Repealing the Bush Tax Cuts Would Lead to Lower Tax Revenues

Since many liberals are calling for new massive tax increases as a part of the debt ceiling deal congress is fighting over right now I figured it might be a good time to review some of the results of the last major attempt at tax reform. The Bush tax cuts that is.

So, what exactly does the data show us about how they performed?

First off we need to understand that the revenues resulting from tax structures are completely dependent on the state of the economy. Of course the opposite is viewed by everybody from across the political spectrum to be true as well. To make things fair I’ll be comparing the best year in terms of (inflation adjusted to 2005 dollars) tax revenues from the pre-Bush tax cuts era and our current era.

Following this rule the best pre-Bush tax cuts year on record for (inflation adjusted) tax revenues was under Clinton in 2000. The best year on record for (inflation adjusted) tax revenues under the Bush tax cuts was 2007.

Now one of the most common standards used by liberals (and even some conservatives) for how well a tax structure is doing is how much money it brings in as a percentage of GDP. In other words many judge a tax structure by how much of the economy it eats up.

This. Is. Absurd.

A tax structure ought to be judged by how many (inflation adjusted) dollars it can bring in. Ideally you could even go a bit further and say the best tax structure brings in the most revenue with the smallest burden on the economy. After all shouldn’t the goal of an efficient tax system be to get the most money with the least affect on the economy?

By either of these standards 2007 bests 2000. In 2007 tax receipts (in 2005 dollars) totaled $2.414 trillion where as 2000 tax receipts (in 2005 dollars) only totaled $2.310 trillion. Additionally in 2007 taxes were only 18.5% of GDP but in 2000 they were 20.6% In other words the best year after the Bush tax cuts was better than the best year before them.

The fact is in 2007, under the Bush tax cuts, we had a larger economy AND greater tax revenue than at any time since at least 1940 which is as far back as the Tax Policy Center keeps score.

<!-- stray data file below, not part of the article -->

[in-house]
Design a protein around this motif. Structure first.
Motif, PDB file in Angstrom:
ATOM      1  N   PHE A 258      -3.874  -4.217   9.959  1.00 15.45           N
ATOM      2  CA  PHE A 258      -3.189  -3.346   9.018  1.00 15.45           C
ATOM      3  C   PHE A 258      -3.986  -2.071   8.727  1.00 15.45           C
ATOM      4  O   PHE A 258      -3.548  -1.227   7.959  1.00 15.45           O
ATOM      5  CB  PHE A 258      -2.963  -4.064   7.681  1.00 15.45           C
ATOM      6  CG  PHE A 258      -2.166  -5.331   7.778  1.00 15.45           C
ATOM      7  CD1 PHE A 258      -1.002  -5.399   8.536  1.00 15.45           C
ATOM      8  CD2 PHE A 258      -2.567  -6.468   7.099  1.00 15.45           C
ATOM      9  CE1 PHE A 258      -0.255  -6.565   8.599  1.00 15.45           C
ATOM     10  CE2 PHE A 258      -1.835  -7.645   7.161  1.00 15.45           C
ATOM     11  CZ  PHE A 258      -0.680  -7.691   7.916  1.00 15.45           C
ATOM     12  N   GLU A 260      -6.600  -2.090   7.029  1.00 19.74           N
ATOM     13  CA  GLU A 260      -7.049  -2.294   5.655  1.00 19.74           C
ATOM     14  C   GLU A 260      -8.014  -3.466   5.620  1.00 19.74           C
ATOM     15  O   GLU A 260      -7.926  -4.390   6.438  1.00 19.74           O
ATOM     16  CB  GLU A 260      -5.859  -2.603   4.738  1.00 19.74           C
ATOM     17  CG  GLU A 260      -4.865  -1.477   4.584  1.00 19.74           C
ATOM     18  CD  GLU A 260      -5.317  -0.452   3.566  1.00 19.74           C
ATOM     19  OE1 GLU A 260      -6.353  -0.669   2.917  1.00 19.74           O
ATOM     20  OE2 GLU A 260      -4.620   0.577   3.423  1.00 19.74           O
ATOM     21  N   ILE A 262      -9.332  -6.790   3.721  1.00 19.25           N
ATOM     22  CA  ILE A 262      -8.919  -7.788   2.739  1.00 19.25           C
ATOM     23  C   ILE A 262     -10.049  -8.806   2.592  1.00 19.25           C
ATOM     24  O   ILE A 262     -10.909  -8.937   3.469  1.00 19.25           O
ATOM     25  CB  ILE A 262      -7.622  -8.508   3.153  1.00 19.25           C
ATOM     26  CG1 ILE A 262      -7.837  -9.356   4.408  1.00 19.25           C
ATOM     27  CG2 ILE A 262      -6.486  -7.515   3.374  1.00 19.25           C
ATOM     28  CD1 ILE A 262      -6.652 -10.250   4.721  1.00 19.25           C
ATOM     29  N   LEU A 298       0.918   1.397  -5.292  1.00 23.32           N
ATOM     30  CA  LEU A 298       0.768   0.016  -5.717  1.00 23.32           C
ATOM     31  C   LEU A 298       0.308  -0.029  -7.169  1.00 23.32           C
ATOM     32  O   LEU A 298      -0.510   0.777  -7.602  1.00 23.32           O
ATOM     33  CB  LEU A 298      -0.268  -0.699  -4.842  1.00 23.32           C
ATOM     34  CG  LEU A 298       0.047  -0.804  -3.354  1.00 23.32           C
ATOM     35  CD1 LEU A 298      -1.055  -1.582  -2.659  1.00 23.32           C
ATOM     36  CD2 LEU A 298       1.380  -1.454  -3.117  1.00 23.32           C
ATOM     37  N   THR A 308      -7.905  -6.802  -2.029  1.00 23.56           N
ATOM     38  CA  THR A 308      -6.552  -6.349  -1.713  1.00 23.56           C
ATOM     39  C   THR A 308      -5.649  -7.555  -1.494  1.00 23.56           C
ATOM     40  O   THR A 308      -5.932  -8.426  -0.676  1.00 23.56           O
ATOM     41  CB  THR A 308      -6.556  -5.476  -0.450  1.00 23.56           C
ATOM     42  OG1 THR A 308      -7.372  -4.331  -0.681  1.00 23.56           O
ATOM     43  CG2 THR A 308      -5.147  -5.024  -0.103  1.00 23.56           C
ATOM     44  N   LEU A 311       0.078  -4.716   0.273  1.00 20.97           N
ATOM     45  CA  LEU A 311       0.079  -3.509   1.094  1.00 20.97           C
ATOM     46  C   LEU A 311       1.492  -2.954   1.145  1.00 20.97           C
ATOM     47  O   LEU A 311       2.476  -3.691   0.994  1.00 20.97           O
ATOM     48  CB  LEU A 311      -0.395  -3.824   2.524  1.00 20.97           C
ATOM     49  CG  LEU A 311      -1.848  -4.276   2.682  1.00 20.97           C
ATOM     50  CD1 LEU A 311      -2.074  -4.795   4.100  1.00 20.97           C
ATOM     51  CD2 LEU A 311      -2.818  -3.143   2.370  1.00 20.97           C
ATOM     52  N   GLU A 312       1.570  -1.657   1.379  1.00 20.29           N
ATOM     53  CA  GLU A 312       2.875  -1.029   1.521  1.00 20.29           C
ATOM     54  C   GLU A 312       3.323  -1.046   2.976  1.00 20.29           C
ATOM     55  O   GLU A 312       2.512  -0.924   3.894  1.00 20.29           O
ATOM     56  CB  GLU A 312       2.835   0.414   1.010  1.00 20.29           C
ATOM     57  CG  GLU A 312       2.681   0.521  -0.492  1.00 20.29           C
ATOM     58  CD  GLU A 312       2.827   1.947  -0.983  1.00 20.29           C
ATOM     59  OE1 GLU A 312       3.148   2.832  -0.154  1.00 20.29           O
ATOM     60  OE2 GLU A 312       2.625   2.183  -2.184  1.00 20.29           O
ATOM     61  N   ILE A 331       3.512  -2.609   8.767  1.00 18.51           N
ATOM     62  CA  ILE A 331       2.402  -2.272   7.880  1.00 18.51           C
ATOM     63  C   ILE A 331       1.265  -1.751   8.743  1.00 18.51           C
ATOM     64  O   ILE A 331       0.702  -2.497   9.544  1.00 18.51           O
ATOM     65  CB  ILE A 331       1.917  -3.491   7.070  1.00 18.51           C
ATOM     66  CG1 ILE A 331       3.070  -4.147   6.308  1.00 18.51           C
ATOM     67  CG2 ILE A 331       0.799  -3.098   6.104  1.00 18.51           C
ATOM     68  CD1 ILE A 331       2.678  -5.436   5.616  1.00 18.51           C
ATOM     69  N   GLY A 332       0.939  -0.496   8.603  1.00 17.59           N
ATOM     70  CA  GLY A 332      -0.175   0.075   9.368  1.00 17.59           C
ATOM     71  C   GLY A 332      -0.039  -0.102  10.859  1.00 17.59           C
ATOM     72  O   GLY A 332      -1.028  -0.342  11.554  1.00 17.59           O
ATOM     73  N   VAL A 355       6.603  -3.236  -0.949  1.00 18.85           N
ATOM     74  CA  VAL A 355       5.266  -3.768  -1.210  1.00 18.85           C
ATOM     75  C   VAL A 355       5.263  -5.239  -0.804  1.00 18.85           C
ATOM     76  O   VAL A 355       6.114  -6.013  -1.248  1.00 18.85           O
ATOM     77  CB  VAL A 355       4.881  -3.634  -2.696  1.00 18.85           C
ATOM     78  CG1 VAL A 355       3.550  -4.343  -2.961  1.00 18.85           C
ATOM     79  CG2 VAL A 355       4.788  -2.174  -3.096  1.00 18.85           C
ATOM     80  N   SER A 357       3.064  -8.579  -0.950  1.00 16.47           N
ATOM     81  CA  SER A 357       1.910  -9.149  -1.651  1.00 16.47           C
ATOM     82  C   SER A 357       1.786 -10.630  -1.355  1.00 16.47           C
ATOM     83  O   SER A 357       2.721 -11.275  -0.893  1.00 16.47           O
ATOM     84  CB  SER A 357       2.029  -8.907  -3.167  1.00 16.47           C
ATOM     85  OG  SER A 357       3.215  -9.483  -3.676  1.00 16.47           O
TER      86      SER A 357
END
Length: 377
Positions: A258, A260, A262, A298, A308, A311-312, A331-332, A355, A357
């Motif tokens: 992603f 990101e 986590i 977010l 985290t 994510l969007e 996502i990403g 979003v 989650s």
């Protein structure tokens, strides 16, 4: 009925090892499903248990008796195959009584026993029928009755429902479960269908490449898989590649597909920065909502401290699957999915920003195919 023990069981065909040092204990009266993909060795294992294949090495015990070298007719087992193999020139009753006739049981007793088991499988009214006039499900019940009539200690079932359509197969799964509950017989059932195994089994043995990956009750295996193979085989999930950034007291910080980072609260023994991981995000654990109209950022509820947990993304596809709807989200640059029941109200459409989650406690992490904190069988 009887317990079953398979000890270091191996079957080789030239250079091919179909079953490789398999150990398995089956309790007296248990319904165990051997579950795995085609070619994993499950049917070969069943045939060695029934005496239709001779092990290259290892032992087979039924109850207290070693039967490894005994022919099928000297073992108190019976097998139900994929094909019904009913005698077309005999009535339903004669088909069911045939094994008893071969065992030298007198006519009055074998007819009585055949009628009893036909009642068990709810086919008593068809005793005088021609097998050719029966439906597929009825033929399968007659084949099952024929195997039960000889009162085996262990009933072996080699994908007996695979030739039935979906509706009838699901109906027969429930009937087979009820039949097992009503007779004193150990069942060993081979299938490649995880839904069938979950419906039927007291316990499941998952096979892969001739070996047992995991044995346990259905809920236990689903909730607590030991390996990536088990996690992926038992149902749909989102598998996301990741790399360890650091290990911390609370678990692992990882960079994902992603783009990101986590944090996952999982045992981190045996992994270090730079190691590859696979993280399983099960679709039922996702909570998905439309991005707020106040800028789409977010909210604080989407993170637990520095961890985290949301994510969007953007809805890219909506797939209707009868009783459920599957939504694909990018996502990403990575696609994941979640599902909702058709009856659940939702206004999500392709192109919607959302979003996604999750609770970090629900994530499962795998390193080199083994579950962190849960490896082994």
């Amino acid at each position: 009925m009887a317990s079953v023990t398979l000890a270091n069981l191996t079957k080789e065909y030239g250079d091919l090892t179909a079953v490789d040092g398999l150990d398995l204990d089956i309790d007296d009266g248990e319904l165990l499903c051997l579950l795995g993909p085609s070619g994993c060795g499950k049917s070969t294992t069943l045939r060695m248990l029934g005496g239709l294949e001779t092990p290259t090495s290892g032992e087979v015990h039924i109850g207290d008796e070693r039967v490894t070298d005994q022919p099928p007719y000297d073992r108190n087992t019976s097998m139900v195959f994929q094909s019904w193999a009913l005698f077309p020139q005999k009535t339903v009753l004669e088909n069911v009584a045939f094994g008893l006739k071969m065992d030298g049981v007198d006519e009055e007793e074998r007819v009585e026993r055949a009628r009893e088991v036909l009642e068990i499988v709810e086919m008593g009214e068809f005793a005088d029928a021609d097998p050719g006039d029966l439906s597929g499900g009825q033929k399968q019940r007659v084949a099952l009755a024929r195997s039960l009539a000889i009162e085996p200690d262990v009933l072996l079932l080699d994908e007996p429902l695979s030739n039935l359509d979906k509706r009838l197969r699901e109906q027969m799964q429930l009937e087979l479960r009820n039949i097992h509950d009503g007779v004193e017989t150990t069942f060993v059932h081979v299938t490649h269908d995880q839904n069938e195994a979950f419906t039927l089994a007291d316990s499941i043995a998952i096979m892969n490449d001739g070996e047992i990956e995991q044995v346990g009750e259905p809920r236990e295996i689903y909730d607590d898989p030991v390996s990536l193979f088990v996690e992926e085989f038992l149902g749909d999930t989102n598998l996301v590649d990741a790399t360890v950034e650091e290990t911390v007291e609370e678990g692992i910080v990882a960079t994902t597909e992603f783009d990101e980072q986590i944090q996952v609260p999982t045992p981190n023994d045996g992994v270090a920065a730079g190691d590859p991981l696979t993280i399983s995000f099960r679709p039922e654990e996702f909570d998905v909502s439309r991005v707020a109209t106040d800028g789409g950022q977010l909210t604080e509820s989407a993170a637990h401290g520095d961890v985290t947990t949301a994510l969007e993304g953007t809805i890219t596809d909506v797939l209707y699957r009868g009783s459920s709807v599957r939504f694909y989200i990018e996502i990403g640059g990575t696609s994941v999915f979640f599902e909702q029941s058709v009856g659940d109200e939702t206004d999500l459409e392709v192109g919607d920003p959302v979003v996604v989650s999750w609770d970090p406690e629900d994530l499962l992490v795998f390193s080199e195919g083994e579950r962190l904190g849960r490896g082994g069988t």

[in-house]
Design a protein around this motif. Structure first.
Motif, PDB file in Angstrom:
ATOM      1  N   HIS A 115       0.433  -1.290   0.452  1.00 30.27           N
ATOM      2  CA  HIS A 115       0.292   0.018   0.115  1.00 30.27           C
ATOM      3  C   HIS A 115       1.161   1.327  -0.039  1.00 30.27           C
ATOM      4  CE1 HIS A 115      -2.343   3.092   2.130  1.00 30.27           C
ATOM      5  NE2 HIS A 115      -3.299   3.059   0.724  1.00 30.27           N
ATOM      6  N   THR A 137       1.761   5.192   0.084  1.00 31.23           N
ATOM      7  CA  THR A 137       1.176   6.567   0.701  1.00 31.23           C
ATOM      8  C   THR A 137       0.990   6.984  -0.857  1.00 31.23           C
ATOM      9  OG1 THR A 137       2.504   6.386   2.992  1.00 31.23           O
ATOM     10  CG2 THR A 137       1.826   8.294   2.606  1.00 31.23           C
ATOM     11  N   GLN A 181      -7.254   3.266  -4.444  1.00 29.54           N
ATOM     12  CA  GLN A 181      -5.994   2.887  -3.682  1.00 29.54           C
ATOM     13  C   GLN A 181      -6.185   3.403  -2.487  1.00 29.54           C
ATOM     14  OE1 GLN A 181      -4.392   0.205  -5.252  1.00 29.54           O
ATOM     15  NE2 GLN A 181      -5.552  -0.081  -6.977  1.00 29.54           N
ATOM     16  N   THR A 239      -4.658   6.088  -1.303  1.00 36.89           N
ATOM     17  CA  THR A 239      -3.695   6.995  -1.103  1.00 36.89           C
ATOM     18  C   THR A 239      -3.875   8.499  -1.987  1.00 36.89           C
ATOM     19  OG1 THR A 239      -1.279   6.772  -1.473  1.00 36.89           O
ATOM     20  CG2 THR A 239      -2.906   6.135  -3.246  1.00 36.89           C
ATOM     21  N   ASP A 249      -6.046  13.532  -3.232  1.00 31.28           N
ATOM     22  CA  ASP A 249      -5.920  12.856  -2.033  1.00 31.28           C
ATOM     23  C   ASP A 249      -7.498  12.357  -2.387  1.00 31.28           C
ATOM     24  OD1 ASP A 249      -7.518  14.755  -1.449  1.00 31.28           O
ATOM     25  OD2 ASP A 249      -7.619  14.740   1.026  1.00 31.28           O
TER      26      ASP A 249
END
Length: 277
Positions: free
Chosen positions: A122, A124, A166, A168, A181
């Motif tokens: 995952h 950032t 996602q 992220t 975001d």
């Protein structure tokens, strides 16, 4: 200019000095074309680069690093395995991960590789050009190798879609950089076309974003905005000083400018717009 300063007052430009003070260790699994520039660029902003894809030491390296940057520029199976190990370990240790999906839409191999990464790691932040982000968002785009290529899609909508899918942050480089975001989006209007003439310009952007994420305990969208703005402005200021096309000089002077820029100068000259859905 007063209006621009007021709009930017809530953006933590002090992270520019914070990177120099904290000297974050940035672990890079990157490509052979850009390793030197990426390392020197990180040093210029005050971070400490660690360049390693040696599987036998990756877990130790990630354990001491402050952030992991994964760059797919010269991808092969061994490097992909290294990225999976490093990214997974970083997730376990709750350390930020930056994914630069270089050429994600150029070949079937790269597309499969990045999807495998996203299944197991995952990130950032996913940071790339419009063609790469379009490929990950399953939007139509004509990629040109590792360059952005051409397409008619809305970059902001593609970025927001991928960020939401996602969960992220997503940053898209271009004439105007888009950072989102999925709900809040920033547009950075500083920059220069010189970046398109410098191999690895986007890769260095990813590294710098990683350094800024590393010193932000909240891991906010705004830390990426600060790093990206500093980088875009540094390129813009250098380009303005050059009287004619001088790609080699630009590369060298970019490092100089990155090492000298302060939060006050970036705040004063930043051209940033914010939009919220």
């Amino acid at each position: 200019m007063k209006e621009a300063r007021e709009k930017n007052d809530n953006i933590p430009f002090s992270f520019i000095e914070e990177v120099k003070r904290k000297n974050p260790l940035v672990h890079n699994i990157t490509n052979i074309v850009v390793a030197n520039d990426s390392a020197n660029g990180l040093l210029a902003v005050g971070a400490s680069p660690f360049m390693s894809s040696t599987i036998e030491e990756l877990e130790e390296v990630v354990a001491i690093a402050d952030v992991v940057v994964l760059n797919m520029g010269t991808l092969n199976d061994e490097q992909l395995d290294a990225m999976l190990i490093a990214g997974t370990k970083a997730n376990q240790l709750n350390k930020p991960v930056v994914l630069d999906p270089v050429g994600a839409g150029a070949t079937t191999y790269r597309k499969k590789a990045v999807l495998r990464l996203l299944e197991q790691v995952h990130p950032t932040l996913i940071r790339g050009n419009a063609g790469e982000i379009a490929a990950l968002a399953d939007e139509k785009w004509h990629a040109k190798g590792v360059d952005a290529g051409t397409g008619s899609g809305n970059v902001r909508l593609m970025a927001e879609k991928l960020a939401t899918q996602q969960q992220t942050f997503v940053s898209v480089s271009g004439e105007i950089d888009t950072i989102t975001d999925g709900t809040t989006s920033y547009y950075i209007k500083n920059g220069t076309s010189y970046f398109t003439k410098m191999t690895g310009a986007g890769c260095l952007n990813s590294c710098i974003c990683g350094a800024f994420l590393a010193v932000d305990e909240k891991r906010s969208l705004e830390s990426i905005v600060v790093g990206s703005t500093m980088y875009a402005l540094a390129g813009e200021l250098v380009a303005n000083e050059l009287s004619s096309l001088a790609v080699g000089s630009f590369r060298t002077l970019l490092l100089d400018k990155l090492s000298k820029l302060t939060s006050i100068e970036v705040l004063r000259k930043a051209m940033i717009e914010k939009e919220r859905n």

We could certainly go around in circles forever debating the pros and cons of theoretical tax systems and I certainly wouldn’t say that our current tax structure, even post Bush tax cuts, is the ideal. However, it is extremely important to take a look at how real world reforms have performed and exactly what that means. This time around the facts clearly show us that a real world conservative supply side tax reform has produced a better, more efficient, and more effective tax system.

UPDATE: For a slightly revised and expanded version of this theory check out my op ed over at Human Events!

Extend the Bush Tax Cuts

On 1 January 2011, the Bush Tax Cuts are set to expire and there is fierce debate whether or not to extend them. These tax cuts, despite what the liberals say, are not solely focused on “the rich”. The reduction in tax rates brought us out of the 2001 recession and contributed to the economic growth, starting in 2003. However, due to the media’s amazing work (sarcasm), people really don’t know what the 2001 and 2003 tax cuts actually did. But, that’s why I’m here.

Many people on the Left wrongly blame the current recession on the Bush Tax Cuts. They say our budget problem came from these tax cuts “for the rich”. However, as seen in this chart , the immense deficits we are facing come from excessive amounts of government spending, mainly in entitlement programs like Social Security, Medicare, and Medicaid. Meanwhile, instead of reeling in this out of control spending, in the past year, our federal government has increased the budget deficit four times the amount it was in the last fiscal year. Continue reading Extend the Bush Tax Cuts